Tour de France teammates praise Pogacar's style 'take what you can, when you can'

UAE Team Emirates teams Slovenian rider Tadej Pogacar R is congratulated by UAE Team Emirates teams Polish rider Rafal Majka L after winning the 6th stage of the 109th edition of the Tour de France cycling race 2199 km between Binche in Belgium and Longwy in northern France on July 7 2022 Photo by GONZALO FUENTES POOL AFP Photo by GONZALO FUENTESPOOLAFP via Getty Images
Stage 6 winner Tadej Pogacar celebrates with UAE Team Emirates teammate Rafal Majka at finish in Longwy (Image credit: GONZALO FUENTESPOOL AFP via Getty Images)

The whoops of delight from inside the UAE Team Emirates race bus near the Tour de France stage 6 finish at Longwy were clearly audible to journalists outside when Tadej Pogačar crossed the line to claim both the stage win and the yellow jersey. As the Slovenian's teammates wheeled to a halt outside, the celebratory mood only increased all the more.

Pogačar's last-minute attack had not been planned, the riders told journalists, and they will now face much more work on the front of the bunch for a possibly, very significant extra chunk of time in what is already an exhausting three-week race.

But while the benefits of Pogačar's ultra-aggressive racing style were plain to see as he raced across the line with an enormous roar of satisfaction, as his teammates said, neither his superiority nor his versatility on all kinds of terrain were a surprise any more. So if that meant extra responsibility in the race, so be it.

"It wasn't even necessarily part of the plan [that he attack], but we were all there in those last few climbs and we just went for it. We had faith in him and he pulled it off," US rider Brandon McNulty, 22nd on the stage, told journalists as he began his warm-down. "It's more on us with the jersey but you can never really turn it down."

McNulty's teammate Rafa Majka, next across the line for UAE Team Emirates, was equally delighted with Pogačar's success, and the huge hug that he gave McNulty showed how pleased he was with the role he and the American had played. Majka also underlined the collective superiority UAE Team Emirates had managed to show in the concluding segment of one of the most arduous stages so far in this year's Tour.

"We pulled on the stage with some other teams at first, but after 220 kilometres it's always a different race," Majka said.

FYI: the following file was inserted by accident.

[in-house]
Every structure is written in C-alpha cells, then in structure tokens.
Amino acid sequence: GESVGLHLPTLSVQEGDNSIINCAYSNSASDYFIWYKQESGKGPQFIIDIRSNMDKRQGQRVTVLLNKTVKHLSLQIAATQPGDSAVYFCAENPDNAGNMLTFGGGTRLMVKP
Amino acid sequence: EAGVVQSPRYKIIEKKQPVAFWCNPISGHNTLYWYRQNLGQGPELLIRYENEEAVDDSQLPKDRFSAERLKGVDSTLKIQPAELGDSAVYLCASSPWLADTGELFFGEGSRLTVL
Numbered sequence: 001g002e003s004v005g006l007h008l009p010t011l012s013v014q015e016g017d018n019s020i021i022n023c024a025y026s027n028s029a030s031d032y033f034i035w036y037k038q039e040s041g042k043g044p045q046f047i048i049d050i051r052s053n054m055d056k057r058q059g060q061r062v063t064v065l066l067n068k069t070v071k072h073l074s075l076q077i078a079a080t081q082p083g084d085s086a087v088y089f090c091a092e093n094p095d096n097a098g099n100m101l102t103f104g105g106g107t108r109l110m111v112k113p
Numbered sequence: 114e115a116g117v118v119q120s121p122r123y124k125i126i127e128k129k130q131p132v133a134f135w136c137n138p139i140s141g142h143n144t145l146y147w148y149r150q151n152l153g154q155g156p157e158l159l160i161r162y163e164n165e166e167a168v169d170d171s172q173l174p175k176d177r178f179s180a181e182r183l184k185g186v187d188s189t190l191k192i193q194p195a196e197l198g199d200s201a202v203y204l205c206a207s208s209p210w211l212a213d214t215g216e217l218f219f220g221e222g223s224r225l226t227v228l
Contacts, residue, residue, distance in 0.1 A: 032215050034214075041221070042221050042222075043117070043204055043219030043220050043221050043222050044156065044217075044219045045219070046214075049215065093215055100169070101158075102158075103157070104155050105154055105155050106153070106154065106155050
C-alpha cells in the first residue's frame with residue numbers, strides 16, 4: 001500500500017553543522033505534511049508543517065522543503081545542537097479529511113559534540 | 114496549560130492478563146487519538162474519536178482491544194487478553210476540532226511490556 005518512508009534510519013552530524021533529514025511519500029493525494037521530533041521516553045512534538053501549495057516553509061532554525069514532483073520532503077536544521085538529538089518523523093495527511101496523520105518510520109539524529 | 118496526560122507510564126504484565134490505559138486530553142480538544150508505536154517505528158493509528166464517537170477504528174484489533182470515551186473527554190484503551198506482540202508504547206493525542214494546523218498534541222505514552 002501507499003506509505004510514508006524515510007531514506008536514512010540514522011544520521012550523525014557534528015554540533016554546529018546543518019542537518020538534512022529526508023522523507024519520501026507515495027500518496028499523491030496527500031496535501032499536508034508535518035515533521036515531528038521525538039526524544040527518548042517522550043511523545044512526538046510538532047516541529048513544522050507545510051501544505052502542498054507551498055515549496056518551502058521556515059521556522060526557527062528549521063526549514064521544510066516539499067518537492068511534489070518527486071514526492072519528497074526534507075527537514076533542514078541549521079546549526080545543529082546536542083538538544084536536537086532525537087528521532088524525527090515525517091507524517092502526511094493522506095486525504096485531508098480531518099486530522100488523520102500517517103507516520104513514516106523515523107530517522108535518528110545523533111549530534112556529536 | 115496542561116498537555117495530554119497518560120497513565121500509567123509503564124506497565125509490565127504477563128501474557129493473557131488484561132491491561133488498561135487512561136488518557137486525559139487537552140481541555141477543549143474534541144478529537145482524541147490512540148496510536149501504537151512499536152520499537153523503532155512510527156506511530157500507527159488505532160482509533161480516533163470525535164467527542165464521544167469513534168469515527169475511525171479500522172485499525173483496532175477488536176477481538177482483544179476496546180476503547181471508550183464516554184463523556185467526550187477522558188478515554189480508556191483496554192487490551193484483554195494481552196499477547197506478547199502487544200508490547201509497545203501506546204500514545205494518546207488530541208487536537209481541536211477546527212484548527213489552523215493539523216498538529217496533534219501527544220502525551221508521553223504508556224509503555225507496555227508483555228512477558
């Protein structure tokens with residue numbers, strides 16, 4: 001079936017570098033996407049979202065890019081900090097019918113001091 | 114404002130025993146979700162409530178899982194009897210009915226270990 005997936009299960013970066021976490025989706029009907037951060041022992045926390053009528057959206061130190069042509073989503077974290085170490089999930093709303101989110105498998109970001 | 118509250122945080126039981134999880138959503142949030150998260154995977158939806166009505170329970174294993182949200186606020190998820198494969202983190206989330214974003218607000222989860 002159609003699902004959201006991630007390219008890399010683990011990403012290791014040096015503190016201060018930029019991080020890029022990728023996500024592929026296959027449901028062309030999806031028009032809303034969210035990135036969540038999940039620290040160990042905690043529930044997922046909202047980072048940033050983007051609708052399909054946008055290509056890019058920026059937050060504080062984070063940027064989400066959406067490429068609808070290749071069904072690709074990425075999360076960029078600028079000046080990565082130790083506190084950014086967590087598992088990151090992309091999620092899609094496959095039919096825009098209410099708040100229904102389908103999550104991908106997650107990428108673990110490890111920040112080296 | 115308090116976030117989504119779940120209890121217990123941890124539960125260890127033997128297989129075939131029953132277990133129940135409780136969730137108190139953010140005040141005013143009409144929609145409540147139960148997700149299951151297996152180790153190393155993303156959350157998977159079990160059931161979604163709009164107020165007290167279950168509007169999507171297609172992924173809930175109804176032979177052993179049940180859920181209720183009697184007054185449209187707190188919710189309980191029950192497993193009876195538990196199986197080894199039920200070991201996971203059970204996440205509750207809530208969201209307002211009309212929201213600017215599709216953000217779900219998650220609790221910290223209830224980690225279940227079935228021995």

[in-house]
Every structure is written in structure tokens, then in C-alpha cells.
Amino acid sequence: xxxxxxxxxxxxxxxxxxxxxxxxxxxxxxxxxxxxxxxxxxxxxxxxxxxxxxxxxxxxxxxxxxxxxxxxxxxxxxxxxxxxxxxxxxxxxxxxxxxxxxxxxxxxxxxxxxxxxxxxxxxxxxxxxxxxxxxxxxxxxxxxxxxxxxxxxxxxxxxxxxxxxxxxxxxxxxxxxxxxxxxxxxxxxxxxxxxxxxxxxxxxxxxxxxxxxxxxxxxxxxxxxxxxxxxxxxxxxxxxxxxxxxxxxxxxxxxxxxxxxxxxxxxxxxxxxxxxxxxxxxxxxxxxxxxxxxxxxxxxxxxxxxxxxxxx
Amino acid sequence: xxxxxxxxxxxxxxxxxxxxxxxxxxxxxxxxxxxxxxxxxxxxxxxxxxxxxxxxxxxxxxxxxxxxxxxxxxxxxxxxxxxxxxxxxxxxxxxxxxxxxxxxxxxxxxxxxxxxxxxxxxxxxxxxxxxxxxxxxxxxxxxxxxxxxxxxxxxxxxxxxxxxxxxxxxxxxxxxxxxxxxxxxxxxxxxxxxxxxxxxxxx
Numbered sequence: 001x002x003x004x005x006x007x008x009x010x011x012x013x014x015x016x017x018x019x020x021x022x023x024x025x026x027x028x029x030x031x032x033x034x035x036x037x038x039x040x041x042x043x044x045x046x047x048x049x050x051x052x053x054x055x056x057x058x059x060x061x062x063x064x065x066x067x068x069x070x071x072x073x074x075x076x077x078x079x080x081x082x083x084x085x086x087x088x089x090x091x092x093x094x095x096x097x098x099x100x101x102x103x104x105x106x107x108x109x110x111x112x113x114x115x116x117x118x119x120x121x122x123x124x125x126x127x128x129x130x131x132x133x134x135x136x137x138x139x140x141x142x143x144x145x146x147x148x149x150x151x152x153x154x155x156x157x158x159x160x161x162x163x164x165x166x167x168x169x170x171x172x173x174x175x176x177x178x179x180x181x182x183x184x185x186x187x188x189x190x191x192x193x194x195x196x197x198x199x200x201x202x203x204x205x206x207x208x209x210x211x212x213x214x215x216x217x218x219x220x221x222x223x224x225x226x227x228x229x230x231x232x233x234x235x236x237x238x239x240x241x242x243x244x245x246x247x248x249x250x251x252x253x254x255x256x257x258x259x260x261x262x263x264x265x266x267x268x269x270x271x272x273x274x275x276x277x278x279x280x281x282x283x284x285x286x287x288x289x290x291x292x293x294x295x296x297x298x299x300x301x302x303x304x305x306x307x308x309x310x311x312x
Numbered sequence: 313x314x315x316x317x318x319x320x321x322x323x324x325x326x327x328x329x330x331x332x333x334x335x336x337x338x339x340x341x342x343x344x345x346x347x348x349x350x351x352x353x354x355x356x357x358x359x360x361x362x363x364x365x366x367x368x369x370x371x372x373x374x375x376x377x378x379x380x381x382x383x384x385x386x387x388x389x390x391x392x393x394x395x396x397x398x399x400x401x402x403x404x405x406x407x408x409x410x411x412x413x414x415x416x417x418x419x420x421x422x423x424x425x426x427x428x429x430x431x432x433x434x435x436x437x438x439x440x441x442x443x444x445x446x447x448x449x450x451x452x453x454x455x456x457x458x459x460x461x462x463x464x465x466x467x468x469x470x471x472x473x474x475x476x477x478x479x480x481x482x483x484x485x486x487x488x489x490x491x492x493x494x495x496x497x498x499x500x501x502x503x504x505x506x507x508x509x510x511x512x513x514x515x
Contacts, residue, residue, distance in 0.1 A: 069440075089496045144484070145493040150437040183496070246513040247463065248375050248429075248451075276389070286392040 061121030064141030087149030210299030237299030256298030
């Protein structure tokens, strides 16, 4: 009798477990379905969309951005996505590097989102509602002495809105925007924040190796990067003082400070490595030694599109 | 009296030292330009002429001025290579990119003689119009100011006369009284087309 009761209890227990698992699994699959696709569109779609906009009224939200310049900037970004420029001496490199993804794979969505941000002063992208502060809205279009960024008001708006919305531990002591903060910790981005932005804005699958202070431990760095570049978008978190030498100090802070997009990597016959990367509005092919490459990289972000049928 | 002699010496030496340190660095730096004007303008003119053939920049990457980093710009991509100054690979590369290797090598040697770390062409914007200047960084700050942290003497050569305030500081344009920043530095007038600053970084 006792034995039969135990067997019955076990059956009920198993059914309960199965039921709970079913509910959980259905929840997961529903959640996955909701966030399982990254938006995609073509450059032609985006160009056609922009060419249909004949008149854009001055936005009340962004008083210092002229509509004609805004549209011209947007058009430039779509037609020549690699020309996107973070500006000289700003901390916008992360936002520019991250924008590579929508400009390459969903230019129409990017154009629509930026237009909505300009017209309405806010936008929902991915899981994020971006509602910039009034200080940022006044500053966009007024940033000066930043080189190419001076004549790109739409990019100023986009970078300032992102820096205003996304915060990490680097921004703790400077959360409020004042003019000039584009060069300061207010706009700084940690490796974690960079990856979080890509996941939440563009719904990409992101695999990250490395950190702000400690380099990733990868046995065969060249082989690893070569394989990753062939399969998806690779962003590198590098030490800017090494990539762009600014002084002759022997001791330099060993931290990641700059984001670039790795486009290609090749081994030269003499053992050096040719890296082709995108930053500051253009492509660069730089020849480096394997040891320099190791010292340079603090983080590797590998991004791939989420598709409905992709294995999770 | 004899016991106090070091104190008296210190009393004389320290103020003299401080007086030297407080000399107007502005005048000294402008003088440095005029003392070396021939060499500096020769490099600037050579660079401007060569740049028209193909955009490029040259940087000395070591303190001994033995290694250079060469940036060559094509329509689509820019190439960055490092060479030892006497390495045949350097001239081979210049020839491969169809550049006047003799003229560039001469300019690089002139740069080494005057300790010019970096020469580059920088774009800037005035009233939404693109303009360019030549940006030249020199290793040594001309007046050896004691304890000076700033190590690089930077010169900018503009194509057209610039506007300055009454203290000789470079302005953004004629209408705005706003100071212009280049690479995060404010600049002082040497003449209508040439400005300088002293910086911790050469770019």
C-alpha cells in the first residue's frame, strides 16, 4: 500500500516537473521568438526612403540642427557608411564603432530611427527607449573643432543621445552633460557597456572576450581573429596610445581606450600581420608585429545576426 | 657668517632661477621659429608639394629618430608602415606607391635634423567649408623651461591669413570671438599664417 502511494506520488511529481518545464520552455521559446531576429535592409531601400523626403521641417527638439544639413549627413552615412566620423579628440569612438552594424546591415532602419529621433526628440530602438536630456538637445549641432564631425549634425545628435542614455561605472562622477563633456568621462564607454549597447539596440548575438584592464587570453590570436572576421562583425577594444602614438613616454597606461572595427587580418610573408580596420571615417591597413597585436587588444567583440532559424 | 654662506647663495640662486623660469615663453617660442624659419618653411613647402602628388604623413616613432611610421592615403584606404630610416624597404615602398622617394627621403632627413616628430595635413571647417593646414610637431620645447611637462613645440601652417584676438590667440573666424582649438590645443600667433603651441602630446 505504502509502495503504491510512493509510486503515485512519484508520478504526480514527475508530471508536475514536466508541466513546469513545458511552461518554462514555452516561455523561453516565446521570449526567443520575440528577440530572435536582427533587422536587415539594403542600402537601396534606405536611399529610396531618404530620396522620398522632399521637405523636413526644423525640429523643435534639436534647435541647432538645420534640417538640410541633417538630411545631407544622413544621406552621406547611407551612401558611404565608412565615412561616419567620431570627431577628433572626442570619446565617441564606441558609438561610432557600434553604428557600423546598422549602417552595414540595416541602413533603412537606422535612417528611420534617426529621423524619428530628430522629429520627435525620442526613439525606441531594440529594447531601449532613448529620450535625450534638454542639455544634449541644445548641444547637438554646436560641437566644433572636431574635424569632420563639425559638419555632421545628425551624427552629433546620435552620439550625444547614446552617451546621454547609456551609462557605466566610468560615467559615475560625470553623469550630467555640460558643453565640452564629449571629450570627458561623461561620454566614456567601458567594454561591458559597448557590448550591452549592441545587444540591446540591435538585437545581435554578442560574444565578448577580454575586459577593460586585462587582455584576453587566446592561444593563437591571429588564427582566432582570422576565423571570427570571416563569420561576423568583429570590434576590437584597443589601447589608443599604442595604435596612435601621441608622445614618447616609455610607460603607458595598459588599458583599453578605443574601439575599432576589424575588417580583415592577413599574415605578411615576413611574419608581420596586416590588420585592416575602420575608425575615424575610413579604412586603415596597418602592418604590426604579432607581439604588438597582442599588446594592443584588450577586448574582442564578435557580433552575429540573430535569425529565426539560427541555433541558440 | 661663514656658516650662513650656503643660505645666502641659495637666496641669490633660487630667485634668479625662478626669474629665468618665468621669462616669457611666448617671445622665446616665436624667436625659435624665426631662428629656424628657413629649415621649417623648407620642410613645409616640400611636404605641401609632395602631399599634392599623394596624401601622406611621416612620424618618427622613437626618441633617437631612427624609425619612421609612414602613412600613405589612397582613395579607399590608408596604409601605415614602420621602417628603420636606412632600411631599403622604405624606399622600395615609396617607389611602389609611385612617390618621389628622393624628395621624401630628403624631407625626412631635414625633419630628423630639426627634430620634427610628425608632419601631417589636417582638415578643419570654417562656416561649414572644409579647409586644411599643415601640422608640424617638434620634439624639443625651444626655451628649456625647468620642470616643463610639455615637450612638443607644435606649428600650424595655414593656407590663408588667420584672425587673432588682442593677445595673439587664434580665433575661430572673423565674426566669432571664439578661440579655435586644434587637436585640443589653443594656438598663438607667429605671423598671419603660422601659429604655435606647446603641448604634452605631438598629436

"We had the legs as a team, and I could see after the first climb [of the final three -Ed.] that Tadej was in great shape. Me and Brandon really pulled hard and then Tadej handled the sprint.

"Sometimes in the first stages of this year's race we were a little bit behind but today we showed them we were there."

At the end of a resoundingly-fast day, Majka and McNulty said that they had never anticipated the longest stage of the Tour to be run off so quickly, particularly coming straight after the Roubaix-style stage on Wednesday.

"We were never expecting the stage to be so hard, that so many attacks and Van Aert going off the front," Majka said. "But some teams helped us and we all kept control of the race even if the last 20 kilometres were really fast. And in any case, Tadej won and that's what's important."

McNulty added: "We knew it could be a fight for a break, but it was such a fight, over an hour and a half almost, and we never really settled down. Then it was back to pacing and a really tough day."

But for all the fraught pace and the prolonged battle to get in the early move, not to mention Van Aert's day-long bid for glory, what failed to shock either UAE Team Emirates rider was the way Pogačar could end up triumphing on a stage that looked to favour the breakaways, not the GC specialists.

"It's no surprise he's so strong. He actually demonstrated that yesterday on the cobbles and in the TT before, too, [last Friday] that he can be strong everywhere," reasoned Majka. "And he's not afraid of anybody.

"We know he's a real phenomenon, a fuoriclasse. He asked us to put down as hard a pace as possible and he could just finish it off."

When it came to showing his authority prior to the Tour's biggest climbing, UAE Team Emirates' Marc Soler added, "It's good he showed what he could do before the mountains, but in fact he's been doing this all year - showing everybody what he can do.

"For sure, there'll be war between the favourites tomorrow, but he's won two Tours and it's looking good for the third. So let's see if he continues in this way. The key thing will be to control the other riders and keep on fighting."

As for whether Pogačar would now try to stay in yellow all the way to Paris, Majka would not be drawn, saying only, "We still have a long way to go, but for sure we've come to the race to win the Tour with Tadej, and for now he's the best rider in the world. I'm just happy, in any case, that we could win the stage."

All three riders argued, in fact, that despite the extra workload, grabbing yellow when the opportunity arose was never an option that could be or should be turned down.

"We knew he was good, but our original idea was to go for it tomorrow [Friday]. Instead today [Thursday] the chance came up and in the end, he didn't let us down," said Soler. "It's always better to take what you can, when you can."

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Alasdair Fotheringham

Alasdair Fotheringham has been reporting on cycling since 1991. He has covered every Tour de France since 1992 bar one, as well as numerous other bike races of all shapes and sizes, ranging from the Olympic Games in 2008 to the now sadly defunct Subida a Urkiola hill climb in Spain. As well as working for Cyclingnews, he has also written for The IndependentThe GuardianProCycling, The Express and Reuters.